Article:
Spots and Age
Seborrheic Keratosis in Your 40s, 50s, 60s, and 70s
Did you know that seborrheic keratosis (SK) can create different challenges depending on your age bracket?
What’s more, your feelings about SK can vary depending on your age. A few age-influenced SK scenarios:
- Are you 40 and stricken with your first SK, while your friends are still fresh-faced? (And does it mean you’ll age faster?)
- Are you 60 and stemming the scourge on your torso or back?
- Do you wonder why your spots have gotten itchier as you’ve gotten older?
Here, experts offer insight and advice on age driven SK issues:
The bad news: When heredity plays a role, as it often does, you may develop SKs in your forties. This is particularly true for African Americans who develop an SK variant known as dermatosis papulosa nigra (DPN). This form of SK tends to be abundant on the upper cheeks, “aging” the eye area.
Anyone with early-appearing SKs can have a sense of accelerated aging. So when you look at yourself in the mirror, you may see onto yourself the SKs that plague your parents and elderly relatives. “You may not be seeing yourself accurately,” says Mary Lupo, M.D., a dermatologist at the Lupo Center for Aesthetic and General Dermatology in New Orleans and clinical professor of dermatology at Tulane University School of Medicine.
“SKs in the 40s can be especially hard-hitting for working folks with facial SKs”, says John C. Browning, M.D., a dermatologist at Texas Dermatology and Laser Specialists in San Antonio. “Some patients mention the fear that colleagues think they’re older than they are or not as productive as they could be,” he says.
The good news: When they appear in the 40’s , the number of SKs is typically low. A recent study showed that only 23% of people with SKs in their 40s had more than 20 SKs.*
The potentially great news: Consider a strong family history an opportunity to take swift action. “However, when it comes to early-appearing SKs, a stitch in time saves nine,” says Dr. Lupo. “It’s easier to treat SKs before their numbers get out of hand.”
The bad news: “Many 50-year-olds feel like they felt when they were 30. They feel vibrant inside and out. When SKs show up during this decade, they may undermine self-image and confidence,” says Dr. Lupo.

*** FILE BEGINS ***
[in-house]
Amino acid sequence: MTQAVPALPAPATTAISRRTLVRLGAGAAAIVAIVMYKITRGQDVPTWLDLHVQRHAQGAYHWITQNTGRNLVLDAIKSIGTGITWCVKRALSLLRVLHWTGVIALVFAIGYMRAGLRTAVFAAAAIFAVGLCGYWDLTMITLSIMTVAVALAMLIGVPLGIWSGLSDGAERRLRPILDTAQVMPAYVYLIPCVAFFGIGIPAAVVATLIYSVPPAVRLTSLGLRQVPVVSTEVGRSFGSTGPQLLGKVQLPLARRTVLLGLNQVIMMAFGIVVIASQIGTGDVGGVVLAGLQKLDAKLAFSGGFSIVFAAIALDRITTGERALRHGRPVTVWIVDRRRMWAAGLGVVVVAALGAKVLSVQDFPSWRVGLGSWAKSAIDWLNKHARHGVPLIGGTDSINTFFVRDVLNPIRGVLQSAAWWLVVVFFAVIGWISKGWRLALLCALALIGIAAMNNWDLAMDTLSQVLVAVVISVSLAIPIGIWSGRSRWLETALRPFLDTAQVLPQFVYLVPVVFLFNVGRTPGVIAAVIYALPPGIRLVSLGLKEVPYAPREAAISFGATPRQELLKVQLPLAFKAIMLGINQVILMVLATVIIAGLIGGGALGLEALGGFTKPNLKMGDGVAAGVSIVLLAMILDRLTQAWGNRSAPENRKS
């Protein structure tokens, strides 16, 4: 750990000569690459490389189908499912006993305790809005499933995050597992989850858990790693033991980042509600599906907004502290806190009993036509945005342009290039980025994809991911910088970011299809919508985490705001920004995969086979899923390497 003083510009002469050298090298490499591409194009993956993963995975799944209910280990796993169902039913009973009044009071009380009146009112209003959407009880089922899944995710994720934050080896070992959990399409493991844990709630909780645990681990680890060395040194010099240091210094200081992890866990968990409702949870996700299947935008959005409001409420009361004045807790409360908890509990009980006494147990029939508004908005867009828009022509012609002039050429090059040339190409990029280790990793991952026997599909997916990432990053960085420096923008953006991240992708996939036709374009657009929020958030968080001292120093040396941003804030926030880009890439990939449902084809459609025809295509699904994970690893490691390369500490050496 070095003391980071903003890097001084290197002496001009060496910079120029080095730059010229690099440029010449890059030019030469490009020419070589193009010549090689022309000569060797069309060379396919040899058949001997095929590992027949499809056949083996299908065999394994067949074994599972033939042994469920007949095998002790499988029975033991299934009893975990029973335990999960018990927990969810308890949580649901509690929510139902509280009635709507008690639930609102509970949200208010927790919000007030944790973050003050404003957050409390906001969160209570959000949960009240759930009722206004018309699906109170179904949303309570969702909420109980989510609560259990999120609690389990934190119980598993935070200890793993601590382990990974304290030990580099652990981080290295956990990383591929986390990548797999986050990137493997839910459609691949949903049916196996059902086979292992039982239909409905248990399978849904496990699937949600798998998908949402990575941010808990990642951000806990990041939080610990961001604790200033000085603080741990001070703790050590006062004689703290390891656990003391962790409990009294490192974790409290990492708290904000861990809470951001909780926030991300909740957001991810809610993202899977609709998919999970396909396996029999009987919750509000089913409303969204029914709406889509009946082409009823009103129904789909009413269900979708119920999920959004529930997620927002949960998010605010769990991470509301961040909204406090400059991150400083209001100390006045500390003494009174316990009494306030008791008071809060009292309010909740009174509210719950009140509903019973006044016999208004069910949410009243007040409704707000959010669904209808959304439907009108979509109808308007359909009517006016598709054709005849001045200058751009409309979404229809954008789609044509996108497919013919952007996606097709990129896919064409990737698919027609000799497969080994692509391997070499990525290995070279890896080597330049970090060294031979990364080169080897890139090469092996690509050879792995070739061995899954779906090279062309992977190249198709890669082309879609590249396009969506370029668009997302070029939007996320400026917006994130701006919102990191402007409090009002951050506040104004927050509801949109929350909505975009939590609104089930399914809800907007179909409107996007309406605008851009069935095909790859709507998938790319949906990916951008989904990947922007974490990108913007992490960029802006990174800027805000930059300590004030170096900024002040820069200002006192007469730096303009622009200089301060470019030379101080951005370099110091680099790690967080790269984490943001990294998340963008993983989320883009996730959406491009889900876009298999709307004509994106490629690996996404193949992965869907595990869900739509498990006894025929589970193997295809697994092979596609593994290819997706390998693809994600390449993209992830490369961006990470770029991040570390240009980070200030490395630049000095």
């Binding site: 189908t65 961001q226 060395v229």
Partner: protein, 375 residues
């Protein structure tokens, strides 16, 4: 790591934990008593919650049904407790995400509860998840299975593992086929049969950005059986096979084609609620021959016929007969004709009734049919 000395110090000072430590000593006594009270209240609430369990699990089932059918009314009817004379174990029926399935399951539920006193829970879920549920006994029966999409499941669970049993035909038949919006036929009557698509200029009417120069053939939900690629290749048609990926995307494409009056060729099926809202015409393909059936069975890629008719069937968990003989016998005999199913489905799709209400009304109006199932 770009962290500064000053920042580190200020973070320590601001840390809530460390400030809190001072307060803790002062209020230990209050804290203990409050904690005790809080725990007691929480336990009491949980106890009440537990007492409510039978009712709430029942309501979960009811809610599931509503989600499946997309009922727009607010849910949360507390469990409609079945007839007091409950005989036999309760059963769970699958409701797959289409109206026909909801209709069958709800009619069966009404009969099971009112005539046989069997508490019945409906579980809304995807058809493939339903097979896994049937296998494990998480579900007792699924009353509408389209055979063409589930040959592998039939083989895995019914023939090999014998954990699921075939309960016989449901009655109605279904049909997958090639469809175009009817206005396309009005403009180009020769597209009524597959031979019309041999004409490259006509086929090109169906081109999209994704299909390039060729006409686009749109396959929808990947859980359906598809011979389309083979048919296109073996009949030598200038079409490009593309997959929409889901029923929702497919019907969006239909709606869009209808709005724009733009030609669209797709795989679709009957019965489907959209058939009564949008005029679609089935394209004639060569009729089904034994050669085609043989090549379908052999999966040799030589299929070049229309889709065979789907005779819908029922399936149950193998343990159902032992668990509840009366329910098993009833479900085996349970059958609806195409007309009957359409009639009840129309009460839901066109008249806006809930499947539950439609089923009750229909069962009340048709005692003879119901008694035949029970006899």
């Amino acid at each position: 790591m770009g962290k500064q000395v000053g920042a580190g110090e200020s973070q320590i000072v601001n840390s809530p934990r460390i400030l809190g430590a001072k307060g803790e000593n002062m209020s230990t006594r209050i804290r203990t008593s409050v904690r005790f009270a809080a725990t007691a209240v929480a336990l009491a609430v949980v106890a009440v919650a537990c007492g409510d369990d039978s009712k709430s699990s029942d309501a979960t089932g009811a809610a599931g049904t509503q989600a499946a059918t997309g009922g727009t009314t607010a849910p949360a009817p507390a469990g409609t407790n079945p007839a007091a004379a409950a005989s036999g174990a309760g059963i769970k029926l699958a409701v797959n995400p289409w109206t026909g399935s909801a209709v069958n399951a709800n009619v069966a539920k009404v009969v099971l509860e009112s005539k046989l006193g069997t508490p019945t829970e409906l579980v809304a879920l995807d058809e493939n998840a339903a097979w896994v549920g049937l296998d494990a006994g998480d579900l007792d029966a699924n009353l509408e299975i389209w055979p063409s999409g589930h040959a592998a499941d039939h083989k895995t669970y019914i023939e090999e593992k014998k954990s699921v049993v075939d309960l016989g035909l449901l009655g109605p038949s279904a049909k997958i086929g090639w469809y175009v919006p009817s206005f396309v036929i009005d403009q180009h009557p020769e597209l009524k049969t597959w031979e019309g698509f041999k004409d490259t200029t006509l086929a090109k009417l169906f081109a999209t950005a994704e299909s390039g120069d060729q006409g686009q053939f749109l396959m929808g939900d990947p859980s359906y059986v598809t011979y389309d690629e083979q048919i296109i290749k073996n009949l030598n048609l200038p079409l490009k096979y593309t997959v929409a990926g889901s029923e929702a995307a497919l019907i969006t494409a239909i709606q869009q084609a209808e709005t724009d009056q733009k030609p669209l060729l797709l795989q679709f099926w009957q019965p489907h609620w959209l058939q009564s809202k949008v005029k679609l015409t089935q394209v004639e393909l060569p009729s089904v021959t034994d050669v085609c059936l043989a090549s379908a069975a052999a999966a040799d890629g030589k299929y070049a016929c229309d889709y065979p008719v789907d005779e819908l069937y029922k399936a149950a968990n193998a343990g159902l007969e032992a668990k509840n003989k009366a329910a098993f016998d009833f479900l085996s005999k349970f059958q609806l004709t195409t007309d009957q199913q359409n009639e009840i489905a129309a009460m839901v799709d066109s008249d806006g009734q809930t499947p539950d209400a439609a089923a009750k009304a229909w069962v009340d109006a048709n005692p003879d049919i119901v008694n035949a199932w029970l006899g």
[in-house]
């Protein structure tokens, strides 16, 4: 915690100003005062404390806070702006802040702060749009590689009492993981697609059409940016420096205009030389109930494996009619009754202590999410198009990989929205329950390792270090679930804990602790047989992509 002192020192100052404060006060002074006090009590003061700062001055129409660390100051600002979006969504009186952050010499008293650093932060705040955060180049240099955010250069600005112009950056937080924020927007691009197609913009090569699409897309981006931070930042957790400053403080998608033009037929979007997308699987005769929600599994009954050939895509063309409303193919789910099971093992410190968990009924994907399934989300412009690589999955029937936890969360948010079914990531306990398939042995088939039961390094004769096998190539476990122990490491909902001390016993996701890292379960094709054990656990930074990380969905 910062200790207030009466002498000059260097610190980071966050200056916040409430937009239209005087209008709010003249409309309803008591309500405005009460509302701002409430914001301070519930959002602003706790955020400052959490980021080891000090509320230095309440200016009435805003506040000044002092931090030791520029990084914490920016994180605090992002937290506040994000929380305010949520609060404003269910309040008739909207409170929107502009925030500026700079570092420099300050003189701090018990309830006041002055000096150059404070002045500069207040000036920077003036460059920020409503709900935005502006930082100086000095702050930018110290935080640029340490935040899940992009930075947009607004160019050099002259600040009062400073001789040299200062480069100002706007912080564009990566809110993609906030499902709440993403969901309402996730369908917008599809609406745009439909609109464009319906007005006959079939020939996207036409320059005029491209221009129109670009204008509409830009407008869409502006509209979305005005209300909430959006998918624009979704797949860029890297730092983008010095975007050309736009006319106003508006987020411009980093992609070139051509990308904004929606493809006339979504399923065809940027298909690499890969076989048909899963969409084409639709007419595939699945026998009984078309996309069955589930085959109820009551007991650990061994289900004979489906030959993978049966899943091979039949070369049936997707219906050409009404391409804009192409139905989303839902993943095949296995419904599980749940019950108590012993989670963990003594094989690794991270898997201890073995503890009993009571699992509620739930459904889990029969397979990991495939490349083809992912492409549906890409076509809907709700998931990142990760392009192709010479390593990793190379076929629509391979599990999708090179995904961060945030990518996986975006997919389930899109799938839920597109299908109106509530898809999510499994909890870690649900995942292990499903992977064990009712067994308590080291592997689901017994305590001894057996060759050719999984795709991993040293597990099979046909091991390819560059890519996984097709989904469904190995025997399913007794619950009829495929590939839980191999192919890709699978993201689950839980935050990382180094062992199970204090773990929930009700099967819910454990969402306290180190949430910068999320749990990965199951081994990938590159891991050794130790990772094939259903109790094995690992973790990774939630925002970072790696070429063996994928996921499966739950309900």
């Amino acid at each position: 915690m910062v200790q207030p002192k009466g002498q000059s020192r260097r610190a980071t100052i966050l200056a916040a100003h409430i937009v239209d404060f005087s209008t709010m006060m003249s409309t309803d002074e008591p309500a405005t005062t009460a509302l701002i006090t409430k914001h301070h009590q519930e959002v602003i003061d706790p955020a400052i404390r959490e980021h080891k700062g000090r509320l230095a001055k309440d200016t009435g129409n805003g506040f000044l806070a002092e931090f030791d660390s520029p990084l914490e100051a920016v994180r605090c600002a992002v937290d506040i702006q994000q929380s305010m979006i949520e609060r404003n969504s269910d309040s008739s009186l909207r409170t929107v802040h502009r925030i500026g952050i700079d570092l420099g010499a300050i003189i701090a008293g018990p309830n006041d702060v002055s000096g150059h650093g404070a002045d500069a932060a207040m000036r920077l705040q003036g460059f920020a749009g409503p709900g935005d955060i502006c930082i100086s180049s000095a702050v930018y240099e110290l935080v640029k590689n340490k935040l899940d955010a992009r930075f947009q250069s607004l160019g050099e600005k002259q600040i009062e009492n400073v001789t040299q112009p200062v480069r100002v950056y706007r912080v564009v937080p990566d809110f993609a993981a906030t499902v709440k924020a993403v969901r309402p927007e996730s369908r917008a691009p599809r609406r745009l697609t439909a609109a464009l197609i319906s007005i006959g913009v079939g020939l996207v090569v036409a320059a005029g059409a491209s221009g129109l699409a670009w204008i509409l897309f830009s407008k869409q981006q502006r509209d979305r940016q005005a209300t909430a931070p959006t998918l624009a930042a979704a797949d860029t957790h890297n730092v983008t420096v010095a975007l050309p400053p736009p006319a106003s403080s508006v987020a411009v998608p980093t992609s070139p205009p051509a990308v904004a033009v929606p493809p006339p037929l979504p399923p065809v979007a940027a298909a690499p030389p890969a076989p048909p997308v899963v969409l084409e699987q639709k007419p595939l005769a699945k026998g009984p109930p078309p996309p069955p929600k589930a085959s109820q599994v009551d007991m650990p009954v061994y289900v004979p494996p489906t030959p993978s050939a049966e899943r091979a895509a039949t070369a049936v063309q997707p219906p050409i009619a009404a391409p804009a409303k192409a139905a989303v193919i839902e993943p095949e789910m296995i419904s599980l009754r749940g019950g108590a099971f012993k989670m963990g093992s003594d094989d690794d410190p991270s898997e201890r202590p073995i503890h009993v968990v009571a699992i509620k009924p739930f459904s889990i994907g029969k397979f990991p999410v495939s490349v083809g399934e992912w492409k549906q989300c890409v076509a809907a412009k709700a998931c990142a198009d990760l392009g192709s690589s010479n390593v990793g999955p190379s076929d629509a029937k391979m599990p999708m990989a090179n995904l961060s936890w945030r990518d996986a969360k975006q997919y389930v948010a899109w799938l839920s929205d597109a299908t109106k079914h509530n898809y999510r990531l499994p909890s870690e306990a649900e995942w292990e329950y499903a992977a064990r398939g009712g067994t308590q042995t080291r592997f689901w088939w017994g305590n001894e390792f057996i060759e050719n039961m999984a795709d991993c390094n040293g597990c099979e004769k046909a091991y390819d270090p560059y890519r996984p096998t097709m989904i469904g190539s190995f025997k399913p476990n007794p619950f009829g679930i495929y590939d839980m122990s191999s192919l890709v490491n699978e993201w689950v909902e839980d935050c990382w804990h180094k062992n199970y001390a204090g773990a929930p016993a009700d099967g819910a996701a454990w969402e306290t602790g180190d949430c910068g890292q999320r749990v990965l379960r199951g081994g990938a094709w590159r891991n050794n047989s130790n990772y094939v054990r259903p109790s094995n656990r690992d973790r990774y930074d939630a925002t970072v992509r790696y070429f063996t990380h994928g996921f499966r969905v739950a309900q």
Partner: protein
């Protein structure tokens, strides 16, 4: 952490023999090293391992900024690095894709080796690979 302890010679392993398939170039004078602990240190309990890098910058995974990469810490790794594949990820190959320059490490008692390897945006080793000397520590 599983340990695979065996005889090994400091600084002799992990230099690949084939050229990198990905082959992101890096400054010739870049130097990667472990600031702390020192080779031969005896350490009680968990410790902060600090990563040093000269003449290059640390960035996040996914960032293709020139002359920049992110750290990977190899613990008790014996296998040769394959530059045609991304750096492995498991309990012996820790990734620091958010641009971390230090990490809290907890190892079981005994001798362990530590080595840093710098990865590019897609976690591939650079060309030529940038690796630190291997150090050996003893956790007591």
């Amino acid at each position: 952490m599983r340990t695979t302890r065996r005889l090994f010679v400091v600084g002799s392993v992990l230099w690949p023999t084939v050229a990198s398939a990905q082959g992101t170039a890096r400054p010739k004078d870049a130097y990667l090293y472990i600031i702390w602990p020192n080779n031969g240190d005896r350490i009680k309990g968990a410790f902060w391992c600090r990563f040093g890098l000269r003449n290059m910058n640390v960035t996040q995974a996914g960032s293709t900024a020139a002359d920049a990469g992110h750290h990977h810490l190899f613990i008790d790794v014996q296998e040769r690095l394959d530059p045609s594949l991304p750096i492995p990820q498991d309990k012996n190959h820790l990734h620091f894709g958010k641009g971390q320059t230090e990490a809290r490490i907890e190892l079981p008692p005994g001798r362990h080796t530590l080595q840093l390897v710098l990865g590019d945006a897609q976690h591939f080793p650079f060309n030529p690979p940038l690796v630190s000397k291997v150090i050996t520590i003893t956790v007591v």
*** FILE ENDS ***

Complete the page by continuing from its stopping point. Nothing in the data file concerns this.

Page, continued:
The good news: “The desire to treat SKs is often strongest among people in their 50s. This group is fighting the new reality of aging and removing SKs is a way to take positive action,” says Dr. Browning.
The potentially great news: Based on Dr. Lupo’s clinical experience, “if your SKs show up for the first time in your 50s, they’re likely to be less plentiful over your lifetime. When they start to develop on your face, they tend to be flatter. They may look like age spots or freckles and might be concealed with makeup,” she adds.
The bad news: “SKs can be more physically bothersome during this decade,” says Dr. Lupo. The spots grow to be more elevated and brush uncomfortably against bra straps, clothing, and jewelry. “Or SKs can become itchy because skin becomes drier with aging. Cholesterol-lowering drugs also can make skin generally itchier because the drugs dry the skin by depleting the cholesterol within the skin that acts as a natural hydrating agent,” says Dr. Lupo.
The good news: “Many people are ‘empty nesters’ now, and they have more time and money to spend on themselves if they’re not supporting their kids. They often shift attention to themselves, and removing their SKs is part of their self-care,” says Dr. Browning.
What’s more, “the Baby Boomers tend to be more interested in staying youthful than the previous generation was,” says Dr. Browning. They have “a lower threshold for tolerating a blemish, such as an SK.”
The potentially great news: “In my practice, SK removal is a high priority for patients in their 60s. Once their SKs are gone, they feel rejuvenated.” says Dr. Lupo.
The bad news: If you haven’t been tending to your SKs through the years, you may be saddled with lots of SKs by your 70s. What’s more, “older people’s skin is slower to heal. This means it’s more susceptible to infection with any invasive removal method,” says Dr. Browning. In addition, any mark left behind, such as redness or hyperpigmentation, can tend to linger longer.
The good news: “Far more 70-year-olds still look really good. They continue to work and remain active in their communities. They’re not ready to look old,” says Dr. Browning.
The potentially great news: Even the patients who have loads of SKs have the option of removing most (or all!) of them. “But these folks must remain patient. I advise doing up to 15 or 20 at a time. I want to avoid risk of infection as well as scarring,” adds Dr. Browning.
*Del Rosso JQ, A Closer Look at Seborrheic Keratoses: Patient Perspectives, Clinical Relevance, Medical Necessity, and Implications for Management. J Clin Aesthet Dermatol. 2017; 10(3):16-25.